In general, to furl a sail is to roll it up, such as to furl the mainsail on the boom (or into the boom or mast in some contemporary systems). A furling jib rolls up around the forestay using special hardware in a furling system.
The deep vertical section of a sailboat affixed to the bottom of the hull. The keel helps the boat resist the leeward force of the wind and provides stability against excessive heeling.
贴在船体(hull)底部的，垂直方向的部分。龙骨帮助船只抵御背风力(leeward force of the wind)，并稳定过度倾侧。
The depth of a boat in the water, measured from the waterline to the lowest section of the keel.
In nautical usage, scope refers to the ratio of the length of anchor rode to the vertical drop of the anchor (from the boat’s bow to the water bottom). For example, a scope of 7 to 1 means that with a water depth of 17 feet and the boat’s bow 3 feet above the water (total vertical drop of 20 feet), 140 feet of anchor rode would be let out.
在航海领域，scope指的是锚缆与锚的垂直落差（从船头到水底）的长度之比。例如，a scope of 7意味着当水深为17英尺，船头距水面为3英尺时（总共的垂直落差为20英尺），140英尺的锚缆将被放出。
A nautical term for the anchor line, typically made of chain or nylon line or a combination of both. When anchoring, the rode is let out to a predetermined scope.
Definition: A fitting at the top forward section of a boat’s bow used for raising and securing an anchor in place. Called a bow roller because a block at the front end of the fitting rolls as the anchor line comes in or goes out.
Definition: Lee, or leeward, refers to downwind or the downwind side of the boat or sail. The boats sails, for example, are always on the leeward side of the boat. A lee shore is land that is downwind of the boat (and thus is a danger if the boat is blown or drags anchor).
Definition: The control lines on port and starboard that pull the jib sail in or out.
Definition: A wire or metal rod that runs from the bow of a sailboat to the top (or near the top) of the mast to provide support from the front. The backstay provides support from the opposite direction, and the shrouds provide support from each side.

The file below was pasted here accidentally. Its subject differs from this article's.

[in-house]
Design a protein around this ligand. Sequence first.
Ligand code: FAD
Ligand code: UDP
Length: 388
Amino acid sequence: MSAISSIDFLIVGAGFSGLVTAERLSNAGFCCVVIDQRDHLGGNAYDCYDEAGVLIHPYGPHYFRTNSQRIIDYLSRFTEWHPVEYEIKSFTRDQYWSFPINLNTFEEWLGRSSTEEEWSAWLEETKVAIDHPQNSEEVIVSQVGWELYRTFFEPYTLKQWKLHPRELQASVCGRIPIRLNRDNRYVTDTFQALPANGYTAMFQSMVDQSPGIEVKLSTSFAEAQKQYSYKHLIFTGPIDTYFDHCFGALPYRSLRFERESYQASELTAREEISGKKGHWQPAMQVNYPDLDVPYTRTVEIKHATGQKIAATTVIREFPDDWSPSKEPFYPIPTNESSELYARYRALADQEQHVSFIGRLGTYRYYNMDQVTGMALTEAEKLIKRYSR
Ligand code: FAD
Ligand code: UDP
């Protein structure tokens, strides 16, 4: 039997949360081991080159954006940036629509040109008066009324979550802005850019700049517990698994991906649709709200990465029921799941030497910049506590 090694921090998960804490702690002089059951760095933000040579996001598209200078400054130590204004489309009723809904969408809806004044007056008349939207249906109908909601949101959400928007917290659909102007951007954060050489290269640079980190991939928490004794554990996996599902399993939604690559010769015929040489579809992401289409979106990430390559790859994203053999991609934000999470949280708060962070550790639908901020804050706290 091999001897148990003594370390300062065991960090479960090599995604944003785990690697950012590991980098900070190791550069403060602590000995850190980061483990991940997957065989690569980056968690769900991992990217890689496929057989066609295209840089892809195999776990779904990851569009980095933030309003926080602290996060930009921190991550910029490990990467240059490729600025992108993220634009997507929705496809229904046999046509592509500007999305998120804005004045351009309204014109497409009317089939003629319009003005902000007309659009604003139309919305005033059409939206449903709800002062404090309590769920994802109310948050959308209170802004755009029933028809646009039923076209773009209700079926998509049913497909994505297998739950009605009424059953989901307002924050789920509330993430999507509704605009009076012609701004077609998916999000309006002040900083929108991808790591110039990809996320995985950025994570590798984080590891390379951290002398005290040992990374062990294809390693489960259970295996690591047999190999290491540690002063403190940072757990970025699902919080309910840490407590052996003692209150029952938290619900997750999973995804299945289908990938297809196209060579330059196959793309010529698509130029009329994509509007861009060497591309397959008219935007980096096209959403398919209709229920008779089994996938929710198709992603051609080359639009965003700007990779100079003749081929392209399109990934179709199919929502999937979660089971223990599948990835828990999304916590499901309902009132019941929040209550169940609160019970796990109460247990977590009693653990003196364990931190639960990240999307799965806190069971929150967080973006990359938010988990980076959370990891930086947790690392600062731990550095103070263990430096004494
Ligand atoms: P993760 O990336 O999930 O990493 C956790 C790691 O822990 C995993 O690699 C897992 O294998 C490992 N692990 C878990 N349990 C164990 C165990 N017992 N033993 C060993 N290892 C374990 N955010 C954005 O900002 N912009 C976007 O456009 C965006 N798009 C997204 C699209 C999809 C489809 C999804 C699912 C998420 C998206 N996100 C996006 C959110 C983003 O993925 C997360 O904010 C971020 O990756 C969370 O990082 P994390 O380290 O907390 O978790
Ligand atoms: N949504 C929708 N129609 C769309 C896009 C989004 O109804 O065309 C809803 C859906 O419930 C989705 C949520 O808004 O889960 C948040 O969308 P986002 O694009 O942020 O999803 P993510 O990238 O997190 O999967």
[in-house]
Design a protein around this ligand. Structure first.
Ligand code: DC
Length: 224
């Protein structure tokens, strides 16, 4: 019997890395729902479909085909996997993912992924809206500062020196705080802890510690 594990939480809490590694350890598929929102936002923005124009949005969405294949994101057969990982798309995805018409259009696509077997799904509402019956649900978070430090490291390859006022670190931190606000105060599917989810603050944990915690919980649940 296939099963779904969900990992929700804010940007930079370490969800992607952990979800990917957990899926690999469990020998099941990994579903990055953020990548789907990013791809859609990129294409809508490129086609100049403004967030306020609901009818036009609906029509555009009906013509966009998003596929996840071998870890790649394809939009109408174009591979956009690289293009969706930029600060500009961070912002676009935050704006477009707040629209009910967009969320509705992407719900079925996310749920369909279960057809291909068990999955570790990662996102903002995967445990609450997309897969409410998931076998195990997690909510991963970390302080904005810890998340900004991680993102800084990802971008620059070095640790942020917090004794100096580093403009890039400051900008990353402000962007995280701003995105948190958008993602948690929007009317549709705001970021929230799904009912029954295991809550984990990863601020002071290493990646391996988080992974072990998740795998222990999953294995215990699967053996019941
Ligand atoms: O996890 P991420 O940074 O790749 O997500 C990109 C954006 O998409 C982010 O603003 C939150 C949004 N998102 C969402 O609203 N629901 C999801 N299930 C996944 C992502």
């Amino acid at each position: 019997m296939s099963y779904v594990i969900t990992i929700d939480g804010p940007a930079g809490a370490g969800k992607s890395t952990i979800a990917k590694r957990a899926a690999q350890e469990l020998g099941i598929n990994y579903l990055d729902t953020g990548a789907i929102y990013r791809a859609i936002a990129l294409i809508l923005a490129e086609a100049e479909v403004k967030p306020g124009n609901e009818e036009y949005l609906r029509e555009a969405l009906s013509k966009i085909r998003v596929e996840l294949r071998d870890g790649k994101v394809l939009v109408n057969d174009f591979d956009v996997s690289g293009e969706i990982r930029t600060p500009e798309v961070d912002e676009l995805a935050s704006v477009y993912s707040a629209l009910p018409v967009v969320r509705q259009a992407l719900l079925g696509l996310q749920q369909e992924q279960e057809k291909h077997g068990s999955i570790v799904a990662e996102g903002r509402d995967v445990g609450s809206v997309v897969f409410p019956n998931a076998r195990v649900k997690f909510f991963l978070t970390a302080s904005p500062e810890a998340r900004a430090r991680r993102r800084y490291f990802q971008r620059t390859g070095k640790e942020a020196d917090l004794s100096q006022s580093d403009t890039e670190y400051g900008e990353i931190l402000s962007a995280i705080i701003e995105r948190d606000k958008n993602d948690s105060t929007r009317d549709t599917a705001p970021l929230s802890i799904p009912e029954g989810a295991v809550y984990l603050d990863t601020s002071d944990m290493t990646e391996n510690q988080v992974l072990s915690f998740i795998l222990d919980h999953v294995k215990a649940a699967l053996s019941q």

Verb: Luffing refers to a shaking or movement of the leading edge of a sail when it is not in trim. For example, if the sail is let out too far for the wind’s direction, the leading edge may shake or start to blow inward. Tightening up the sheet usually corrects luffing.
Verb: To “luff up” also refers to the act of turning the boat more into the wind, thereby causing the sail to luff. This may be done deliberately, for example, to slow the boat down to prevent crossing the starting line too soon in a sail race.
A usually triangular sail attached to the forestay or headstay of a sailboat.
A line, made of rope or wire with a rope tail, that is used to hoist a sail. The halyard typically rises from the head of the sail to a block at the head of the mast and back down to deck level, from where it is pulled up to raise the sail. Both the mainsail and head sail have separate halyards, as do other sails such as a spinnaker.
A line sewn into the luff and foot of a mainsail, and the luff of a jib sail. The boltrope slides through a groove in the mast, boom, or forestay fitting for hoisting the sail or moving the foot back along the boom.
Any pulley used on a boat. A line passes through the block around the sheave, the central turning wheel, and changes direction. The block shown here redirects a jib sheet from the front of the boat back to the cockpit.
Definition: A device used on all but very small sailboats to provide a mechanical advantage when tightening a line (rope). Winches are typically used to raise the mainsail and to trim in jib sheets. The line is wrapped clockwise around the winch drum and a handle inserted in the top; cranking the handle turns the drum to bring in the line.
Definition: A common knot used in many circumstances on sailboats, such as to tie a loop of line around a piling, stanchion, or any other fixed structure. The bowline is not only strong and secure but is easy to break loose later, even when pulled tight under a load.
A tiller is one way a sailboat's rudder is moved to turn the boat.A long handle, usually made of wood, that attaches to the top of sailboat’s rudder or rudder post to turn the rudder for steering. The boat turns in the direction opposite that in which the tiller is pushed: to turn right (to starboard), push the tiller left (to port). Tillers are more commonly used on smaller sailboats because it can take much force to move the larger rudder of a big boat with a tiller. All sailboats are steered either with a tiller or a wheel.
The term tiller is also used for the steering arm of small outboard engines.
A type of keel on a sailboat that can be raised or lowered from the bottom of the hull. A swing keel is usually long, thin, and heavy. Pivoting on a pin inside the hull, it swings down to provide ballast and resistance against sideways motion of the boat caused by the wind blowing from one side. The advantage of a swing keel is that, with the keel raised, the sailboat can go into shallow water and sits lower on a trailer.
A system used in some trailerable sailboats without a weighted fixed keel. Ballast (weight near the bottom of the boat) is needed to keep the boat upright when the wind pushes the sails over. In a water-ballast boat, a chamber in the bottom of the hull fills with water to provide this ballast. This water can then be emptied when the boat is put on a trailer, to make it lighter for easier trailering.